Smoking Policy in the Kitchen
Friday, September 16, 2011
Should your Line Cooks Smoke?
What are your thoughts and/or policies regarding smoke breaks for your Line Cooks?
I've been in restaurant kitchens for over 30 years and in that time it seems like line cooks, chefs, and cigarettes are always found together. Watch Anthony Bourdain’s No Reservations and you will see the stereotypical professional cook who always has either a cigarette or alcohol in his hand. I love Bourdain because he gives an un-adulterated view of the psyche of the kitchen culture.
But what effect does all these smokers have upon the hospitality industry in general, and upon your kitchen specifically? It’s generally known that smokers take more breaks than non-smokers. And in some establishments this causes resentment and/or animosity for obvious reasons... the non-smokers do more work. Several other issues come into play as well. For instance, if your saucier has just finished his cigarette and is now putting the finishing touches on sauces for service, is his ability to finesse a sauce compromised by the cigarette he just inhaled? I think that smoking a cigarette during work compromises one's ability to taste accurately. So much so that in one kitchen I oversaw no one was allowed to smoke during service. We did lots of pan sauces and I expected the cooks to taste each sauce before it hit the plate.
Smoking Skeleton Image Source
Do Smokers get Special Treatment?
Smokers are also difficult to regulate. On the one hand you need them in the kitchen prepping for service or slamming out food during the dinner rush. On the other hand, the worst smokers need a cigarette on a regular basis otherwise they become frustrated and lose focus. So you're left with either trying to accommodate smokers, and therefore show special consideration for them which you don't show for non-smokers. Or you hold everybody to the same bar regarding breaks and start documenting your smokers who cannot perform their jobs correctly without having a cigarette every hour.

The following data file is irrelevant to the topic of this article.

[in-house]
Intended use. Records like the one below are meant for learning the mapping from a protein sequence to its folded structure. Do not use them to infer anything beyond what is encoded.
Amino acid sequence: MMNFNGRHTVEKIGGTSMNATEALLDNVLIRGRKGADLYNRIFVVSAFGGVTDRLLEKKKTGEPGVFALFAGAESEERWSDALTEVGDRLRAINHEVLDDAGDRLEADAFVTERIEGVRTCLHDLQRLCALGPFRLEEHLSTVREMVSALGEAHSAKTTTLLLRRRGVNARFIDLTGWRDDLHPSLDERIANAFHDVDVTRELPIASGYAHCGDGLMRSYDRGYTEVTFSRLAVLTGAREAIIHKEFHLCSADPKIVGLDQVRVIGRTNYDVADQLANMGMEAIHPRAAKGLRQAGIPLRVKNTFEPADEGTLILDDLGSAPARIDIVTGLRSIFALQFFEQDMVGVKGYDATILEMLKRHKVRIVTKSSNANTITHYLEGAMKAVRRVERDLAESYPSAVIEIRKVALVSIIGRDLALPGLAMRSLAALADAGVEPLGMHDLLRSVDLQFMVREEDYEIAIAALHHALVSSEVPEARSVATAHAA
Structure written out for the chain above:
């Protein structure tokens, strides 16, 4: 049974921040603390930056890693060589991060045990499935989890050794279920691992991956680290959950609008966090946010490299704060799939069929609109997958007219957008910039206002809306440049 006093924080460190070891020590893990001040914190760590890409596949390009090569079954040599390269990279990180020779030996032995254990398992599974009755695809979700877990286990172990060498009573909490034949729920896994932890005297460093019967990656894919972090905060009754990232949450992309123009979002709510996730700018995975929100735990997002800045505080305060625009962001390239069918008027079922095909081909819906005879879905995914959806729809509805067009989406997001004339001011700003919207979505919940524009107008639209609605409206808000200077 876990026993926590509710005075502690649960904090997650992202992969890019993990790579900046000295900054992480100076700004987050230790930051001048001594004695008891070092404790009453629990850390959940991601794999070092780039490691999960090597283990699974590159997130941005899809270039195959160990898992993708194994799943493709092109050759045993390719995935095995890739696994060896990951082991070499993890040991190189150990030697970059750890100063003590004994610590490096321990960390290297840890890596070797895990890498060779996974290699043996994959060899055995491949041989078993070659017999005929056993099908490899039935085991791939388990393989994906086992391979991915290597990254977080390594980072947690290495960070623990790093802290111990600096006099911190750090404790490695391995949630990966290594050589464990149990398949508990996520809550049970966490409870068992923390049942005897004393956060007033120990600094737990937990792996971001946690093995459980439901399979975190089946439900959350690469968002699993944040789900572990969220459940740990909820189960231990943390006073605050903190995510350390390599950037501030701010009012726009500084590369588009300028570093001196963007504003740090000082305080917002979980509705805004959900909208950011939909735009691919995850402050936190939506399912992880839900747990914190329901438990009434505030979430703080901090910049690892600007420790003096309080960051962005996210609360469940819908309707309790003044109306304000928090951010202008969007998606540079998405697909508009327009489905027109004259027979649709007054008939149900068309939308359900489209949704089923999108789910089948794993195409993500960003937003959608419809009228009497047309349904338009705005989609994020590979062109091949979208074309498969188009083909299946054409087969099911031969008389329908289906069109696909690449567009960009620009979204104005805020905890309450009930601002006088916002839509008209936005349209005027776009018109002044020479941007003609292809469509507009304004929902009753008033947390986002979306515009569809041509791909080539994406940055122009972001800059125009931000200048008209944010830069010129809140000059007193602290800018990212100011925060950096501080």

One possible solution to this mess is the way in which breaks are taken. Many states suggest or require two fifteen minute breaks and one thirty minute break for every eight hour shift. One possible solution is to break the two fifteen minute breaks into four 7 1/2 minute breaks or six five-minute breaks for smokers. This allows the same amount of time for breaks but just divides them up into more frequent segments. The difficulty with this is tracking it and making sure that again the smokers aren’t stretching their breaks and ending up with an hour and a half worth of breaks while your non-smokers are only getting the standard hour.
So what are your thoughts and experiences on this topic? What solutions have you implemented in your kitchen? Is there conflict in your kitchen between smokers and non-smokers? Do you believe that smoking during service impairs a cook's ability to taste? Do smokers deserve more breaks than the rest of the staff? Follow the discussion at Chef's Resources on LinkedIn.
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